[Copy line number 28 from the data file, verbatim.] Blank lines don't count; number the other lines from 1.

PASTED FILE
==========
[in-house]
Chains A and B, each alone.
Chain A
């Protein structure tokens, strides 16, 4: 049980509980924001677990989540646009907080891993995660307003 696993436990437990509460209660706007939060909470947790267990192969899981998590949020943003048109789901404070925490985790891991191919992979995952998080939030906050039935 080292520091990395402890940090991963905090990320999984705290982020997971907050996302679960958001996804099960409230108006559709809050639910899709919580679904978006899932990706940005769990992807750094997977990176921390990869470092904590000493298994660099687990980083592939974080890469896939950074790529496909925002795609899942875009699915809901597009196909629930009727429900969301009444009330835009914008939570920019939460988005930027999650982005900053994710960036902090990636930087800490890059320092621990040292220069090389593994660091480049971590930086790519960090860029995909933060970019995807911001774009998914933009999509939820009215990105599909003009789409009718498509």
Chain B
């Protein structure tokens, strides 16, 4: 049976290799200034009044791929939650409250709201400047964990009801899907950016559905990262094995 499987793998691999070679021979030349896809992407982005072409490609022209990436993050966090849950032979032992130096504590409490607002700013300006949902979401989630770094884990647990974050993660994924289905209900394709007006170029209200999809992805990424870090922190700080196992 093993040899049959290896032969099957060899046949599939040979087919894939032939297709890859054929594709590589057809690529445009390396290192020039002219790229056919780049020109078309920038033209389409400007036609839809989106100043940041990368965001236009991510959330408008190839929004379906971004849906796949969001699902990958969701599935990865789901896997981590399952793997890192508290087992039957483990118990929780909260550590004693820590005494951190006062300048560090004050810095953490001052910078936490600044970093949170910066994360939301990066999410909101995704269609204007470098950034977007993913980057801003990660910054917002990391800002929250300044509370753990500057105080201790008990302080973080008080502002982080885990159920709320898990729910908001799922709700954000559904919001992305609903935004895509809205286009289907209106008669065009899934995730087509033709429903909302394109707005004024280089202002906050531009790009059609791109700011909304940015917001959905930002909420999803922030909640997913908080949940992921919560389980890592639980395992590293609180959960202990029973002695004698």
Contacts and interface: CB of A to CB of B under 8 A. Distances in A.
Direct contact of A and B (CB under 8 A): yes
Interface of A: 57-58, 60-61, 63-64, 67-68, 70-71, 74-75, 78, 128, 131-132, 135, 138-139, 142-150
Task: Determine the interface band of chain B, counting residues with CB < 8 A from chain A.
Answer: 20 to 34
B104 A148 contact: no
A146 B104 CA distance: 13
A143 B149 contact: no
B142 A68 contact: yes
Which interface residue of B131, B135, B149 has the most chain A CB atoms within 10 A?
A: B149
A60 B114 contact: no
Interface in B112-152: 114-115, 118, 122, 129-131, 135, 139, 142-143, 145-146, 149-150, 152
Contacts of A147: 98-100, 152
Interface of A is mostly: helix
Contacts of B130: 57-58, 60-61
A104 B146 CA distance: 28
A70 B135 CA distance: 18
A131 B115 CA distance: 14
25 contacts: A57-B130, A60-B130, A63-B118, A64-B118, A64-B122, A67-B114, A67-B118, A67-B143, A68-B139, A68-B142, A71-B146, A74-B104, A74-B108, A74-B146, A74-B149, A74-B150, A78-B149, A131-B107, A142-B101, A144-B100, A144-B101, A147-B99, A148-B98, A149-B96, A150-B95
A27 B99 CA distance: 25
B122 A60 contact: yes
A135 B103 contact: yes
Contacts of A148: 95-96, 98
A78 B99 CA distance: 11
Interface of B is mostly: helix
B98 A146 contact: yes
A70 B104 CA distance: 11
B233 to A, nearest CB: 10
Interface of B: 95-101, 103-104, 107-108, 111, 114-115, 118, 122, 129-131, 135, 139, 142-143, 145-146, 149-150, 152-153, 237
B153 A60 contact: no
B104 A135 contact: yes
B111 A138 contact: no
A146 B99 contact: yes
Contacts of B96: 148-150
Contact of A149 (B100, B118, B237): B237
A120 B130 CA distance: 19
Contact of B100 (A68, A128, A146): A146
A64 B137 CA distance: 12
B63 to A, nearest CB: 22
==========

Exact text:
B122 A60 contact: yes